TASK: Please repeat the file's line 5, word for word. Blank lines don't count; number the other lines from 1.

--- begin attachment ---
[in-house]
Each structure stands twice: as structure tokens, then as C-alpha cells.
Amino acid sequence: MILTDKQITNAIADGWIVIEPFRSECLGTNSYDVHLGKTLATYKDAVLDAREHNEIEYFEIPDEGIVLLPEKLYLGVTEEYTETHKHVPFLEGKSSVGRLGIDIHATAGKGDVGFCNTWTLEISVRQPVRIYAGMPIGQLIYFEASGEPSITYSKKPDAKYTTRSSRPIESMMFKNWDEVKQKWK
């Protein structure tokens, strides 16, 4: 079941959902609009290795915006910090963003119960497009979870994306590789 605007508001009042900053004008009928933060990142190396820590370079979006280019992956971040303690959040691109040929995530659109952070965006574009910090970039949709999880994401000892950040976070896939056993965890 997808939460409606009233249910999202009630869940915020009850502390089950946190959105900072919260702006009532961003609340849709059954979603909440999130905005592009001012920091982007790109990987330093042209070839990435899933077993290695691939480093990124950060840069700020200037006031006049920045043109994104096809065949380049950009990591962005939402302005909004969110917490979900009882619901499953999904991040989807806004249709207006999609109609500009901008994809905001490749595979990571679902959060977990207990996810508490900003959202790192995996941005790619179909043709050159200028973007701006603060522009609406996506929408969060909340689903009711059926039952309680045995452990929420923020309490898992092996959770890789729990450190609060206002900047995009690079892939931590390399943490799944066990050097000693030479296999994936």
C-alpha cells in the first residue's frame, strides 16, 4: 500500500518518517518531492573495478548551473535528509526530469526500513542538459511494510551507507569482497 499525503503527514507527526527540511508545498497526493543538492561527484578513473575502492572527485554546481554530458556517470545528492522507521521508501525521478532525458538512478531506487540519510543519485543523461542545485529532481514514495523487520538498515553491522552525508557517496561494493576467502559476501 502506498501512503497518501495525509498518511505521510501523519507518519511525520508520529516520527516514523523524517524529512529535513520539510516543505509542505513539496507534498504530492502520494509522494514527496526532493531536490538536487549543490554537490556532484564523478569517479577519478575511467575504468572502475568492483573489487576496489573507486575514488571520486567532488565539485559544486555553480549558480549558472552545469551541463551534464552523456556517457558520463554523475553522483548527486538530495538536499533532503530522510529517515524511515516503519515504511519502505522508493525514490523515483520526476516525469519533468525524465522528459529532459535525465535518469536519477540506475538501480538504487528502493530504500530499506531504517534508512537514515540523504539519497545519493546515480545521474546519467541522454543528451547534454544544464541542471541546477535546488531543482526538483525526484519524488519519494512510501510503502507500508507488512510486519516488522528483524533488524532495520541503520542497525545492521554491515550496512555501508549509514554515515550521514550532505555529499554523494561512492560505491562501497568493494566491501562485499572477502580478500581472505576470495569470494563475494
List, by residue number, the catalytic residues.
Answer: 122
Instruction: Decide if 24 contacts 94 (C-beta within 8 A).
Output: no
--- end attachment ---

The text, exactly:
C-alpha cells in the first residue's frame, strides 16, 4: 500500500518518517518531492573495478548551473535528509526530469526500513542538459511494510551507507569482497 499525503503527514507527526527540511508545498497526493543538492561527484578513473575502492572527485554546481554530458556517470545528492522507521521508501525521478532525458538512478531506487540519510543519485543523461542545485529532481514514495523487520538498515553491522552525508557517496561494493576467502559476501 502506498501512503497518501495525509498518511505521510501523519507518519511525520508520529516520527516514523523524517524529512529535513520539510516543505509542505513539496507534498504530492502520494509522494514527496526532493531536490538536487549543490554537490556532484564523478569517479577519478575511467575504468572502475568492483573489487576496489573507486575514488571520486567532488565539485559544486555553480549558480549558472552545469551541463551534464552523456556517457558520463554523475553522483548527486538530495538536499533532503530522510529517515524511515516503519515504511519502505522508493525514490523515483520526476516525469519533468525524465522528459529532459535525465535518469536519477540506475538501480538504487528502493530504500530499506531504517534508512537514515540523504539519497545519493546515480545521474546519467541522454543528451547534454544544464541542471541546477535546488531543482526538483525526484519524488519519494512510501510503502507500508507488512510486519516488522528483524533488524532495520541503520542497525545492521554491515550496512555501508549509514554515515550521514550532505555529499554523494561512492560505491562501497568493494566491501562485499572477502580478500581472505576470495569470494563475494